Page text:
By Evan Hall

The accepted wisdom about this year's NBA draft is that the top 10 talent has separated itself into roughly two tiers. Joel Embiid, Andrew Wiggins, Jabari Parker and, depending on who you're reading, Dante Exum constitute the top tier. The second tier is made up of a number of guys, one of whom is Julius Randle, the 6-foot-9 forward out of Kentucky. It's been a precipitous fall for Randle, who less than nine months ago was considered to be one of a triumvirate of guaranteed superstars, along with Parker and Wiggins. The discovery of Embiid and the increased boldness of GMs regarding the enigmatic Exum have not helped Randle's case, but beyond that, Randle has really only suffered from the pitiless laws of increased exposure. We knew a little about him, a sliver, really, of his whole profile, and now we know slightly more than that. It's not much, but in the pre-draft frenzy it seems like a lot, and it's certainly enough to dramatically alter Julius Randle's future.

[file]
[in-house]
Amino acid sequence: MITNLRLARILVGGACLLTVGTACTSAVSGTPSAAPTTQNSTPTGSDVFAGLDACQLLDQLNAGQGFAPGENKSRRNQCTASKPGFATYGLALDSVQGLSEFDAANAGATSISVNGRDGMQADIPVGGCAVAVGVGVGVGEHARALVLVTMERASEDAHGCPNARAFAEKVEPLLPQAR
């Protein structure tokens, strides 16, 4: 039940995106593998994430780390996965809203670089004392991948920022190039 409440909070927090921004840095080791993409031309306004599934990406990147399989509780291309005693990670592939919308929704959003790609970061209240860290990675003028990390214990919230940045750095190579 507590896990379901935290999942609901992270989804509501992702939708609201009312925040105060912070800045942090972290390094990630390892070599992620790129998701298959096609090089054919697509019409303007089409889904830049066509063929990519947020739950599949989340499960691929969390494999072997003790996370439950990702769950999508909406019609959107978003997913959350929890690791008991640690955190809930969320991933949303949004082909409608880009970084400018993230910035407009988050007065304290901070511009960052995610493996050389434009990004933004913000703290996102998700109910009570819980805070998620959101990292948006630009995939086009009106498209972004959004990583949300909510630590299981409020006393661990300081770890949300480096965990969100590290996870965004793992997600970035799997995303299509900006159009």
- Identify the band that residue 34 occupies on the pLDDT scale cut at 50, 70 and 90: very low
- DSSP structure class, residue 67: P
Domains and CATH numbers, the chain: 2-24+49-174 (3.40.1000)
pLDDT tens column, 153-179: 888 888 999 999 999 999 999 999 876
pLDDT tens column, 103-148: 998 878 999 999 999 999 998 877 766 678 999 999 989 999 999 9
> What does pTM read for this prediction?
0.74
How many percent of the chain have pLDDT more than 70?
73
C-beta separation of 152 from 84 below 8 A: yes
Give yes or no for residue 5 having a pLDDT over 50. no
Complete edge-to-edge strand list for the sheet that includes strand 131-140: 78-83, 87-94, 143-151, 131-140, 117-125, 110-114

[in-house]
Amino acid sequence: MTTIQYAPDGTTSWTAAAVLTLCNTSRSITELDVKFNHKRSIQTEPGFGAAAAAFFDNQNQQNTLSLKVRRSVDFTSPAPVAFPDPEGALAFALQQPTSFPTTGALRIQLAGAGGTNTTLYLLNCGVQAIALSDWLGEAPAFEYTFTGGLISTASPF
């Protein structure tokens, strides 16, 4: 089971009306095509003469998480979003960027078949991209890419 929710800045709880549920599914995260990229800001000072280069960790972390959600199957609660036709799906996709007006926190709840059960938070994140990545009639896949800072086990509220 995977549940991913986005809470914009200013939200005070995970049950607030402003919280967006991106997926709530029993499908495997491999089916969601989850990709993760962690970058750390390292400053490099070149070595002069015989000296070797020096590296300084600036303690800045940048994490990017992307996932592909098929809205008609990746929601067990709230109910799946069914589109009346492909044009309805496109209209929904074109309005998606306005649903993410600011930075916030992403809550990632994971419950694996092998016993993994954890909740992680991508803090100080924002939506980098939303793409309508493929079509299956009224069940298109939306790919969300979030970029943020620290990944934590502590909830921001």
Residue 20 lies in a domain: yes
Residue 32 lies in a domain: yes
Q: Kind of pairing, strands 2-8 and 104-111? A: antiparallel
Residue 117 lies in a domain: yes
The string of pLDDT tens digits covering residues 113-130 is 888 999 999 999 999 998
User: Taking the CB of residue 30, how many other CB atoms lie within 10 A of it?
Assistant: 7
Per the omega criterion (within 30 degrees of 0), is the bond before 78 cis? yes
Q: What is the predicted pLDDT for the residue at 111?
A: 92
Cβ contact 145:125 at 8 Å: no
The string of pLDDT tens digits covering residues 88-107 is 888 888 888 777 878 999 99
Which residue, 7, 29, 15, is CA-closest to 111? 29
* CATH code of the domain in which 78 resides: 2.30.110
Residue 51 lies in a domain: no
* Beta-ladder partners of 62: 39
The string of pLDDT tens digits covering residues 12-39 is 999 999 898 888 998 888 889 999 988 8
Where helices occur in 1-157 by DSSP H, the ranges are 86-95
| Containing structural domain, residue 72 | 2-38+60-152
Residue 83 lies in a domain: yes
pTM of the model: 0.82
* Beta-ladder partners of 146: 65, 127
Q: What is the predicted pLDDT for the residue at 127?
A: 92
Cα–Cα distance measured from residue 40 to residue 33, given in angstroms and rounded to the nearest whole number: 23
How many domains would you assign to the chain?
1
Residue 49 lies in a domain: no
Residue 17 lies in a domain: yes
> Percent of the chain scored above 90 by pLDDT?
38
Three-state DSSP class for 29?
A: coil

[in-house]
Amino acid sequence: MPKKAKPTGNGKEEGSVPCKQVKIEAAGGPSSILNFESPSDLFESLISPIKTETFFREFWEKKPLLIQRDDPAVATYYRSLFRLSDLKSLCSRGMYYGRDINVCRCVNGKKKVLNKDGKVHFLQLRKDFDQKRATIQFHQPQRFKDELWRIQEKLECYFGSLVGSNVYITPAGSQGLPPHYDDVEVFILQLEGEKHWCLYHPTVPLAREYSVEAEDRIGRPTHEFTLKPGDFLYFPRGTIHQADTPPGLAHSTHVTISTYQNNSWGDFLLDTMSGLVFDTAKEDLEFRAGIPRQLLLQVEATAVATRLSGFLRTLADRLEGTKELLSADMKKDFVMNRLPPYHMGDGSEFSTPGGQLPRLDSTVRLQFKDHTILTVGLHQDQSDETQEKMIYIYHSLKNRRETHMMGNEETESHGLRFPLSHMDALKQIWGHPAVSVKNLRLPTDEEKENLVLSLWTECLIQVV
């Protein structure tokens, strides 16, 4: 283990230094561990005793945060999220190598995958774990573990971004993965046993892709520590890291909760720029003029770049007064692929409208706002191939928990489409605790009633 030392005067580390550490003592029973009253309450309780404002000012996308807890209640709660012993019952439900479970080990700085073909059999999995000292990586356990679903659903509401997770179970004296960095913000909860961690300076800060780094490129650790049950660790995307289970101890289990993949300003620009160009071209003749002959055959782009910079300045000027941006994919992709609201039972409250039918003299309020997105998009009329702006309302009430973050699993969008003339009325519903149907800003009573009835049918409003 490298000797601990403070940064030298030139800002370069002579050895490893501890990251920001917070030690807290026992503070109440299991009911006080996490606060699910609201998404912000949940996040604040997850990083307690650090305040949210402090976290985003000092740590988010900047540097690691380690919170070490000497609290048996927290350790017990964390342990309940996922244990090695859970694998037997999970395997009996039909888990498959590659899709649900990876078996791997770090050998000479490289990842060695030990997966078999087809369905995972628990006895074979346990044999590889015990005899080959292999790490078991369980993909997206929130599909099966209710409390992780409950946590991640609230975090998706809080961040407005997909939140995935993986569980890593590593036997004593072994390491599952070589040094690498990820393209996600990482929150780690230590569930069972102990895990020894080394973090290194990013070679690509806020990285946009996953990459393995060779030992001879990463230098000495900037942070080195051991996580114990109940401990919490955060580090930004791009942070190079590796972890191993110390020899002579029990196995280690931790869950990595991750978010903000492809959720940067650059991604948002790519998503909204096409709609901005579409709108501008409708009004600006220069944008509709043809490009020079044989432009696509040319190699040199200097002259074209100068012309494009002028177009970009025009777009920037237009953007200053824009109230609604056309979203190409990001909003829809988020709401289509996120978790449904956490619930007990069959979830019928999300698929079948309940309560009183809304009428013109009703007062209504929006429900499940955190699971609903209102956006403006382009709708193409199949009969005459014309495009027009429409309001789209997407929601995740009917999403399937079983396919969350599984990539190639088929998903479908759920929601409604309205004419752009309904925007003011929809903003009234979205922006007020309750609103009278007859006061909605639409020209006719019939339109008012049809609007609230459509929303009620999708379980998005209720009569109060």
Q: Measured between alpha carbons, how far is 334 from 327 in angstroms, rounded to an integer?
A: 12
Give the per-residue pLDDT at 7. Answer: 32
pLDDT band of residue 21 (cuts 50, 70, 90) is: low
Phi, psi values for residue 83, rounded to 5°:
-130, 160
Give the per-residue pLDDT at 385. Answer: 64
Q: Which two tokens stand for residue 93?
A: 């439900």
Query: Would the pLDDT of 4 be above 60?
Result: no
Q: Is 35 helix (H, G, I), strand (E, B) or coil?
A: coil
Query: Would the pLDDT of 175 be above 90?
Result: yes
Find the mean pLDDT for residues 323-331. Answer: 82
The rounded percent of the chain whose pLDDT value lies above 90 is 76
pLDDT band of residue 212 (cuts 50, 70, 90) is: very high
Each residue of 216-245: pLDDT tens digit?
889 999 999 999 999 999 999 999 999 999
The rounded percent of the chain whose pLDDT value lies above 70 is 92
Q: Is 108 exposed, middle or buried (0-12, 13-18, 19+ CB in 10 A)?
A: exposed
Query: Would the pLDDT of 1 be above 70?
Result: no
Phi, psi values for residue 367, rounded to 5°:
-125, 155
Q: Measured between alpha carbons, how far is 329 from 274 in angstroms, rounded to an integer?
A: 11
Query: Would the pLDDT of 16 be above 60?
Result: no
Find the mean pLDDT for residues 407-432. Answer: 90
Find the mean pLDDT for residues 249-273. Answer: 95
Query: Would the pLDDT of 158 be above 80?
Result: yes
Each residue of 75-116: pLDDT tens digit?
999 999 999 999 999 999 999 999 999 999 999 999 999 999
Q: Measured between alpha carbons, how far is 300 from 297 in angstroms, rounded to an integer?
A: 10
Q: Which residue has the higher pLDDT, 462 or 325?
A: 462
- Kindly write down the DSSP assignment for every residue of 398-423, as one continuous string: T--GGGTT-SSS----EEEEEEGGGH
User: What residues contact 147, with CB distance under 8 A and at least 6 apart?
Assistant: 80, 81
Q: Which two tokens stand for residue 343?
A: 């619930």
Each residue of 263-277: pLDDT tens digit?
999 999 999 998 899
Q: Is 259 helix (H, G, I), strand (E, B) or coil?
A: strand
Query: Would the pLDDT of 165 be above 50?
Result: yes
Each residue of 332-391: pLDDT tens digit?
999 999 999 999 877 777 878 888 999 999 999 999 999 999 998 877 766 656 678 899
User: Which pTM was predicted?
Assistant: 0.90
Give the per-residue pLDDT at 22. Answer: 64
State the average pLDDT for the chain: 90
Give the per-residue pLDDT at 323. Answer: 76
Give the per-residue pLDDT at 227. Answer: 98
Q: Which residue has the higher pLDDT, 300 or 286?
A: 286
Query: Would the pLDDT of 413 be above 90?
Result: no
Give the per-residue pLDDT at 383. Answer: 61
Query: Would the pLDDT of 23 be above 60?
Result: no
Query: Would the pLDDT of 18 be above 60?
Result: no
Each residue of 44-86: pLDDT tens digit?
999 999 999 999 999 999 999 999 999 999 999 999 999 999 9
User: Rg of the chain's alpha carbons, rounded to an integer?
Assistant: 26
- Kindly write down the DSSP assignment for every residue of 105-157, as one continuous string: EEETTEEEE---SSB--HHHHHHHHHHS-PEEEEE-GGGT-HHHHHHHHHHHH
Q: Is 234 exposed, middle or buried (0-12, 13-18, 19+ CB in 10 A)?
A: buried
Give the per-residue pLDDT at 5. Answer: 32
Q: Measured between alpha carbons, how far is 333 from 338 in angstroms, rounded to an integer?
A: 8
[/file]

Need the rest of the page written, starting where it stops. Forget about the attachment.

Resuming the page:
Most of what you hear in scouting reports about Julius Randle -- nimble footwork, fundamentally sound, undersized for his position -- could have accurately been said about Paul Millsap, and likely was, before he was selected 47th overall in the 2006 NBA draft. By now, this has only become an aesthetic streak in the larger narrative of Millsap's career arc. It's a given now that he was incompetently passed over by teams who had, we can only assume, earnestly and confidently believed that the likes of David Noel and Craig Smith would make better pros than Millsap. They were wrong, and their wrongness now is only a passing anecdote, to be used at the pleasure of the Paul Millsap myth makers. That's a determined piece of revisionist history, at least in part because there are all kinds of environmental factors that contribute to a player's success in the NBA, but historical commentary of that sort has a well-established place in the modern sports zeitgeist. Writers, the damnable narcissists that we are, only paint with the colors they see.